The advancement of cloud computing platforms has opened new opportunities for BAMSs to take control of operations on a large scale. Thus, BAMSs that consist of networked sensors and actuators, have been recently adapted to be able to connect to different cloud-based services (Alsalemi et al. 2020). The latter can provide data storage, connectivity, and powerful computing resources. To that end, significant efforts have been devoted to developing cloud-based big data analytics solutions in BAMSs (Bode et al. 2019). For instance, a voice-activated system for remotely monitoring BAMSs using cloud computing is presented in Valenzuela et al. (2013). While in Khattak et al. (2019), the idea of developing vehicular clouds for smart buildings and smart city applications is investigated. Moving on, in Stergiou et al. (2018), the security and privacy concerns along with the efficiency of cloud platforms are analyzed. In Delsing (2017), local cloud IoT automation is studied to promote the use of distributed IoT automation solutions.

Despite the significant effort made during the last decade to promote the use of cloud-services to run BAMSs, some drawbacks are still causing issues to users and operators, among them (i) the increased cost and communication overheads, (ii) the privacy and security concerns, especially when private data is transmitted to a centralized server for processing (Mohamed et al. 2018).

3.4.2 Edge computing

Edge computing it refers to performing data pre-processing, data fusion for different sources and AI-big data analytics at the edge of the network i.e. sensor nodes (Ray et al. 2019). Also, it enables optimizing cloud computing platforms due to its capability to use the processing power of IoT devices for filtering, pre-processing, aggregating and storing IoT sensor data. These tasks can correspondingly be conducted in real-time using convenient analytical tools (Sharma et al. 2018), while cloud platforms perform further enrichment, aggregation and running complex analytics on the filtered data. To that end, the new advances in BAMSs combined with the latest generation of IoT devices make it possible to bring the intelligence and computing tasks to the edge nodes in close proximity to the building’s IoT devices (Zakharchenko and Stepanets 2019; Khan et al. 2020). Moreover, a new generation of open software platforms hosted on edge nodes are enabling access to the building data and advanced AI-big analytics deployed on these platforms are providing the technology to create value from this data by transforming data from building environments into actionable information. Various open edge platforms have recently been proposed, e.g. IOTech’s Edge Xpert,Footnote 3 Echelon SmartServer IoT platform,Footnote 4 JENEsys Edge,Footnote 5 etc.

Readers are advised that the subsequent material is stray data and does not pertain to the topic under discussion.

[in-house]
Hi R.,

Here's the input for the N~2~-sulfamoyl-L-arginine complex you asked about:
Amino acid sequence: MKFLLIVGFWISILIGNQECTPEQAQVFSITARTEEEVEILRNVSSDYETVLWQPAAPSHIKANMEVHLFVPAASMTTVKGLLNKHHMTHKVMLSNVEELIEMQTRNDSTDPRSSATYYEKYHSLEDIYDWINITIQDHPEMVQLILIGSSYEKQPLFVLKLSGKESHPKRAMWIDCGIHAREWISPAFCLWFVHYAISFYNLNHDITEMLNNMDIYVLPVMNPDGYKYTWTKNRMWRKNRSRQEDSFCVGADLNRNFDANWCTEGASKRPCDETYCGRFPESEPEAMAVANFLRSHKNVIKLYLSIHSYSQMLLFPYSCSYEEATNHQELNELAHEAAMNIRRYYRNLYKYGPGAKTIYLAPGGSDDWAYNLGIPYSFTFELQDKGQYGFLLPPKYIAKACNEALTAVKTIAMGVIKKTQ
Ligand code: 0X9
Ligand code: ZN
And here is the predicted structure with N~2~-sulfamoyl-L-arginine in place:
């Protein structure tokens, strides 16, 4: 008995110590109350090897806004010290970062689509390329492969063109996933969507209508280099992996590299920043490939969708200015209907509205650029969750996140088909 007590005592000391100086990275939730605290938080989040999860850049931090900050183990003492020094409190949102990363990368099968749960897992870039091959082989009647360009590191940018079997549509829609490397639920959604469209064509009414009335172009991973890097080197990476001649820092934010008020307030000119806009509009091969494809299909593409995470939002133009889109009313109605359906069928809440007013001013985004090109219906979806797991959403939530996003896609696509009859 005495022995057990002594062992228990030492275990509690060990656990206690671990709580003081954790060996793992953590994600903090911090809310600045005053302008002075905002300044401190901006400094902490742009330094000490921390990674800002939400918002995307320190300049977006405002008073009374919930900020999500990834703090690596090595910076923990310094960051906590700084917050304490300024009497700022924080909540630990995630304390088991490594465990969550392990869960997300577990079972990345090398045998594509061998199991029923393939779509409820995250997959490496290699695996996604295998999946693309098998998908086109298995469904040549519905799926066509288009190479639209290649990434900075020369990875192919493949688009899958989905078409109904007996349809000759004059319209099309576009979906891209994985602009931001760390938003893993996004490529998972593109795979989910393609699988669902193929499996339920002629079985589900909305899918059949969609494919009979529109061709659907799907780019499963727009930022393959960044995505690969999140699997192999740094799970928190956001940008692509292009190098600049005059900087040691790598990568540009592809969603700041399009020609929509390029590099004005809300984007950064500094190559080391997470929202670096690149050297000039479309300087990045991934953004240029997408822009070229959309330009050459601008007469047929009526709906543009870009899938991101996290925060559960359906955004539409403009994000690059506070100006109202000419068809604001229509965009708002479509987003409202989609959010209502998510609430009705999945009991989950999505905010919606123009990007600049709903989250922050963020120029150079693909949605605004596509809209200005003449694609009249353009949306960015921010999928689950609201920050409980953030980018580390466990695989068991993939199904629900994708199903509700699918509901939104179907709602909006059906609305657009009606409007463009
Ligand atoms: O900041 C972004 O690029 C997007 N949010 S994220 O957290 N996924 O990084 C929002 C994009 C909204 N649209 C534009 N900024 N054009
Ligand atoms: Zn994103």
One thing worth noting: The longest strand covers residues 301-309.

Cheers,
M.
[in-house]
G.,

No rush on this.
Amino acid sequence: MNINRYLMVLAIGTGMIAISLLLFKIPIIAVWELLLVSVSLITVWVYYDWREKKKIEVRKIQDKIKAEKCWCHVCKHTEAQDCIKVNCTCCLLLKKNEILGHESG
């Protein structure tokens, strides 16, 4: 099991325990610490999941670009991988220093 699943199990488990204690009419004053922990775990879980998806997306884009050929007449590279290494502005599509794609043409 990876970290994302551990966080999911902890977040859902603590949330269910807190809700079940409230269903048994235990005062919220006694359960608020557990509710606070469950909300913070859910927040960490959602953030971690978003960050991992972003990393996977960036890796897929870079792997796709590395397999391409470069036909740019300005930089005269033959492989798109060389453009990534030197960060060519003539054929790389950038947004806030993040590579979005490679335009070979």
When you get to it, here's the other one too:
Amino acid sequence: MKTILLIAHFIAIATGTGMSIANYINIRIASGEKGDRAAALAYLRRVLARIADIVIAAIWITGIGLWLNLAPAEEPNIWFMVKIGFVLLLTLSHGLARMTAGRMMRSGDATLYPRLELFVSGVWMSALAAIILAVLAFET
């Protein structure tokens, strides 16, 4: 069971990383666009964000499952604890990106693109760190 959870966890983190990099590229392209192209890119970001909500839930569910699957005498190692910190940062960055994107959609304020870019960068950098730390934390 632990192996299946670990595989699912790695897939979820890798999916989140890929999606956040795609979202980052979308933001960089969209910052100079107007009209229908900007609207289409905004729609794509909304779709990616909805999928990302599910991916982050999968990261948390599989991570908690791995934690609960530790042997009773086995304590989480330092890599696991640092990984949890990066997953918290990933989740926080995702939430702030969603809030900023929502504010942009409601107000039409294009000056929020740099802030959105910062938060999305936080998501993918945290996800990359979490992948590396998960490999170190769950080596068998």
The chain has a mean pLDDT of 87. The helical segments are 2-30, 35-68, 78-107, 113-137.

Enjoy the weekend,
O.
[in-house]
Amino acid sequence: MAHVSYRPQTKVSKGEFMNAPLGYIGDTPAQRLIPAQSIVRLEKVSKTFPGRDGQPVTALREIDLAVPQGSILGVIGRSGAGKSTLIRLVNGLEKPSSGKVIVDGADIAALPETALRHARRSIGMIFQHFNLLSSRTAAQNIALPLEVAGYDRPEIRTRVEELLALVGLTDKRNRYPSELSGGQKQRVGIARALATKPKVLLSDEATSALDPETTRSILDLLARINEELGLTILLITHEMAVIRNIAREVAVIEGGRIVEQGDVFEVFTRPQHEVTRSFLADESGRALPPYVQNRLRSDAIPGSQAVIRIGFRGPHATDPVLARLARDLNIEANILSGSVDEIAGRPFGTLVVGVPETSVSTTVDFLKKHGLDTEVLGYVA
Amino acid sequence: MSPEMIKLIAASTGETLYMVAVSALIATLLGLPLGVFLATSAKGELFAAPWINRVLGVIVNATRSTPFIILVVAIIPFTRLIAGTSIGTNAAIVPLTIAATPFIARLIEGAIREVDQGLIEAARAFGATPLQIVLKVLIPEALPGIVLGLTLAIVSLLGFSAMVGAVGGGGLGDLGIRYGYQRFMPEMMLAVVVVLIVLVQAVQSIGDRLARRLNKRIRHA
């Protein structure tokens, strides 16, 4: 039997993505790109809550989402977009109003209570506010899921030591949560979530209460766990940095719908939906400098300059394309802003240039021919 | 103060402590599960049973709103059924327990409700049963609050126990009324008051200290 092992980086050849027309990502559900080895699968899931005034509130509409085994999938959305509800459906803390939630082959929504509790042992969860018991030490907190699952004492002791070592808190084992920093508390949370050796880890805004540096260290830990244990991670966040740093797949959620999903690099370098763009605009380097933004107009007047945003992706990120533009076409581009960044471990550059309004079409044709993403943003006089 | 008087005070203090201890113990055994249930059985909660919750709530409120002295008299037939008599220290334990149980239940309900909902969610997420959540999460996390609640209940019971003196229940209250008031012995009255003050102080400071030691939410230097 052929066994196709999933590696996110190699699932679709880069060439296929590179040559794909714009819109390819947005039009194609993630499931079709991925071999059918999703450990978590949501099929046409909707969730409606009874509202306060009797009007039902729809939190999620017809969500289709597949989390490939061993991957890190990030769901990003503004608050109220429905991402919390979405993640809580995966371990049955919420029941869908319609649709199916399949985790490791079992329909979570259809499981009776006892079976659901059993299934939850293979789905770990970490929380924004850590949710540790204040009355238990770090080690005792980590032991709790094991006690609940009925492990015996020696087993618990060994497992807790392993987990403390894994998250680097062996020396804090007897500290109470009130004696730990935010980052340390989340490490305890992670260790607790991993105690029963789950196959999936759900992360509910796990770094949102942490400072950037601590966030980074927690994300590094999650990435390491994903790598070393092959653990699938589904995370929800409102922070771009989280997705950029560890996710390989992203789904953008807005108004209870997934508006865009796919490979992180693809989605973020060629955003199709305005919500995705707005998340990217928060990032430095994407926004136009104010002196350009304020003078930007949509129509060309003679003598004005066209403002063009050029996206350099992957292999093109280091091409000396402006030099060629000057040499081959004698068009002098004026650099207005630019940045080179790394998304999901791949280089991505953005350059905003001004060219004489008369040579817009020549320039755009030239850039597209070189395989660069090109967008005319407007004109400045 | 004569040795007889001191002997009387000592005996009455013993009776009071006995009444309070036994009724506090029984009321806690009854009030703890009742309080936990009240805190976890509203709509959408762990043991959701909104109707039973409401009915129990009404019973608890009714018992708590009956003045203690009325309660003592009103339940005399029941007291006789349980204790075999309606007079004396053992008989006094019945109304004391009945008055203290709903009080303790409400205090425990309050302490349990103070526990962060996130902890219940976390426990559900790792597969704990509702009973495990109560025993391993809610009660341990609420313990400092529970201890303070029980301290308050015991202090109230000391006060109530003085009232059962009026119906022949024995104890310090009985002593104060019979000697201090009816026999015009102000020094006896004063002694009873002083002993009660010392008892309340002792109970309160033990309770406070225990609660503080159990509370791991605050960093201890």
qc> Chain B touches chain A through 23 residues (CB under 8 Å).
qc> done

3.4.3 Fog computing

Fog computing represents a decentralized computing strategy where data storage, data processing and computing resources are located in the middle layer situated between edge devices and cloud. Typically, IoT smart sensors and submeters periodically collect the data and forward it to a gateway that acts as a fog device (Javadzadeh and Rahmani 2020). In this line, BAMSs can benefit from streaming data over a layer of fog devices (or nodes) to become more connected, where data can be analyzed to detect abnormalities for example, and autonomously react, if authorized, for compensating the problems or fixing the issues. Otherwise, fog nodes will send the convenient requests to the cloud (or services higher up the fog hierarchy) for making further skilled and powerful technical analysis using complex ML models (Ferrández-Pastor et al. 2018; Aazam et al. 2018).

For instance, in some situations that require real-time decision-making, e.g. shut down appliances or equipment before being damaged or adjust crucial process parameters, edge devices or fog nodes can rapidly act with millisecond-level latency, while it is not possible to reach real-time decision making using cloud data centers (Rocha Filho et al. 2018). Therefore, the use of fog computing or edge computing helps avoid potential latency problems, delays an/or network/server down-times that can lead to different kinds of accidents or reduced service optimization and efficiency (Maatoug et al. 2019).